Kondabolu isn’t the only South Asian frustrated with Apu, especially in the entertainment industry. His hour-long film includes interviews with prominent Indian comedians and actors like former Late Night With Seth Meyers writer Aparna Nancherla, House of Cards actress Sakina Jaffrey, The Daily Show Senior Correspondent Hasan Minhaj and The Mindy Project actor Utkarsh Ambudkar. Ahead of The Problem With Apu’s November 19th worldwide premiere on truTV (the doc previously debuted at film fest DOC NYC on November 14th), Playboy chatted with Kondabolu about the evolution of his rant about racism into a highly anticipated film that has the country reconsidering one of America’s greatest TV shows.
It’s been five years since you discussed Indian representation in media and the character of Apu on Totally Biased With W. Kamau Bell, but 2012 wasn’t the first time you’ve dealt with this issue. When did the idea for a larger project come about?
I had been talking about Apu jokingly for awhile, but Totally Biased was the first time I talked about it publicly, which I was kind of reluctant to do because it felt corny to me. It was Kamau who explained to me, “You think it’s corny, because you and your community have talked about Apu for 20 years [about] how much you hate the character, but no one else has really thought about this.”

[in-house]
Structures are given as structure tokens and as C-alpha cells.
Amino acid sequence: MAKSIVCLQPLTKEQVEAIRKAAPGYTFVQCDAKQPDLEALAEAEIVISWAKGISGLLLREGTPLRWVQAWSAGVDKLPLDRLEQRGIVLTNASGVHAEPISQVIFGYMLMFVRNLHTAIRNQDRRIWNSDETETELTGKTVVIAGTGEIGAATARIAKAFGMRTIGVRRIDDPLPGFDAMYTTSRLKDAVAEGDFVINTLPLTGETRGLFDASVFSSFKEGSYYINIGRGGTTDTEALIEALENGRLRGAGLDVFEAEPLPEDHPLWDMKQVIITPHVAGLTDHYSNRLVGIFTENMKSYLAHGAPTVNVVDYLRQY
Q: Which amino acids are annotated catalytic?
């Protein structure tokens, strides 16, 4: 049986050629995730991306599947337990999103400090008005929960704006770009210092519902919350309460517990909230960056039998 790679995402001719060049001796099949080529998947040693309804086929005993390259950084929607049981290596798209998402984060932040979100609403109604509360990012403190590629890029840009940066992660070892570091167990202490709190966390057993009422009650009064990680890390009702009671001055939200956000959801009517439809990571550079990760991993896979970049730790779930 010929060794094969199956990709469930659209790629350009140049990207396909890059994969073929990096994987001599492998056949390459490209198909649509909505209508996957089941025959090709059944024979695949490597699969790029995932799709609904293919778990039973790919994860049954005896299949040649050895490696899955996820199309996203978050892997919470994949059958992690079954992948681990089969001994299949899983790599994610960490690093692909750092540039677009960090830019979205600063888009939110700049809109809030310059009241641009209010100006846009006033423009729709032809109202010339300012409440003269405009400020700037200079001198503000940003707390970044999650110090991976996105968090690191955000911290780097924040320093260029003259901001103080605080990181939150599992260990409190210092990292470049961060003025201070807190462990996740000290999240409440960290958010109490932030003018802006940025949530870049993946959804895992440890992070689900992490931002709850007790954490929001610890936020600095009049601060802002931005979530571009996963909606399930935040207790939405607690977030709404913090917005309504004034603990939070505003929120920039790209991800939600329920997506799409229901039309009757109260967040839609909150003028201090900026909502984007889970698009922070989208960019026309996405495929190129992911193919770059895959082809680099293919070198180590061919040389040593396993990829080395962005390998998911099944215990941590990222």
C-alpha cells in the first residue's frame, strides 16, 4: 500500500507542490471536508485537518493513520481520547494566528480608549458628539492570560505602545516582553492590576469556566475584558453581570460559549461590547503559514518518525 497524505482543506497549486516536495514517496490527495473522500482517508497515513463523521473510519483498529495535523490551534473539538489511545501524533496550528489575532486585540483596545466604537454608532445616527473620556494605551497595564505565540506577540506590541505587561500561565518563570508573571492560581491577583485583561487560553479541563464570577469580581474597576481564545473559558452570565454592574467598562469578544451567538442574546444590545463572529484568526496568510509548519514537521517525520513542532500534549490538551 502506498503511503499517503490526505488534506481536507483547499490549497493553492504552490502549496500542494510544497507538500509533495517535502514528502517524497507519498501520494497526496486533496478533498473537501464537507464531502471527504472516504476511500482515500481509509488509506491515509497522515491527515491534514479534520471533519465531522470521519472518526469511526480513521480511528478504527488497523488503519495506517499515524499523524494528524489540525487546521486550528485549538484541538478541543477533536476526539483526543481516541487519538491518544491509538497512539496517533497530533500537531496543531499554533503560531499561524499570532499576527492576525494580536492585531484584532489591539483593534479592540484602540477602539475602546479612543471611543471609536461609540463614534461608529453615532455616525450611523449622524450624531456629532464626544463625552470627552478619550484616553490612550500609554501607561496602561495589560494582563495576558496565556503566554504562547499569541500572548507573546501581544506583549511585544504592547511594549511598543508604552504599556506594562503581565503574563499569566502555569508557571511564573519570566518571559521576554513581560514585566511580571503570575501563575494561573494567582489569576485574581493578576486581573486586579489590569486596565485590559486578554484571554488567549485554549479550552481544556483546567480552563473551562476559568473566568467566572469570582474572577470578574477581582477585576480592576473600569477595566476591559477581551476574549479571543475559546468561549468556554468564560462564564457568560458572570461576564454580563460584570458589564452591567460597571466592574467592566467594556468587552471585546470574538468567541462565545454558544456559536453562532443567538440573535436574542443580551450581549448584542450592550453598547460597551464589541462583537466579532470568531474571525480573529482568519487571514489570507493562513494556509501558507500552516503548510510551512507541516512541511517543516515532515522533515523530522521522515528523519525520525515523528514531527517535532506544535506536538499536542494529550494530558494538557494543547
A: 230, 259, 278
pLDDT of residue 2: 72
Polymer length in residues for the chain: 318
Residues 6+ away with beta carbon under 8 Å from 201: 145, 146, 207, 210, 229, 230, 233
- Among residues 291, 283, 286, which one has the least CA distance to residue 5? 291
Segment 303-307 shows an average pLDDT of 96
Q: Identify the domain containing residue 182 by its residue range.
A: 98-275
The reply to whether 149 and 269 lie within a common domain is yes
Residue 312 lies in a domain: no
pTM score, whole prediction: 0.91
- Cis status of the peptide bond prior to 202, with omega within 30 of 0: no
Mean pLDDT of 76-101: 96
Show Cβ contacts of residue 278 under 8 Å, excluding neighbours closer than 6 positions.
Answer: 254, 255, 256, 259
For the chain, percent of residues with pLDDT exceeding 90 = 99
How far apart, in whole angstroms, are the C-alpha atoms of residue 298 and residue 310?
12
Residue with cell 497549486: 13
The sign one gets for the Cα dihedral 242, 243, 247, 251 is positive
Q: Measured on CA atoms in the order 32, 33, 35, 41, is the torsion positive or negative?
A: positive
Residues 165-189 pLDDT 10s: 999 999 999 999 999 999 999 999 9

The Simpsons is an institution and Apu is a character everyone seems to know. I met kids who didn’t even watch the show, who knew who Apu was, because they’ve been called it. Here is something universal about it. Even if you don’t connect necessarily with the racial politics, or discussion of representation, it’s a Simpsons movie.
Initially, what was your goal in making this film?
The goal of the film to me was to discuss this topic with a broad range of people and share people’s experiences, why I feel it’s important and what the history of minstrelsy is. I most enjoyed filming the interviews. I was talking to a bunch of people with similar experiences and we were joking about the same thing. There were some cringe-worthy moments, like, “I can’t believe they asked you to play that character” or “I can’t believe your dad went through that,” but at the same time, there was a lot of laughter. It was a bonding with other South Asians.
To me, Apu is a mistral character. But we needed a narrative vehicle. Can we get Matt Groening or Hank Azaria? That makes the movie have a direction. We couldn’t get Matt. We reached out and were able to speak to Hank off-camera, and ultimately, he chose not to be in the movie. That was a goal for the film, but not necessarily, the goal for what I wanted people to get out of it.
Once we couldn’t get the interview, I was bummed. It was a big question. How does this end? I expressed that in the film, but there was a lot of truth in that. I was like, “Crap, now, what?”
You didn’t get to interview Azaria on-camera. Have you heard from him since? Do you expect to hear from him after this airs?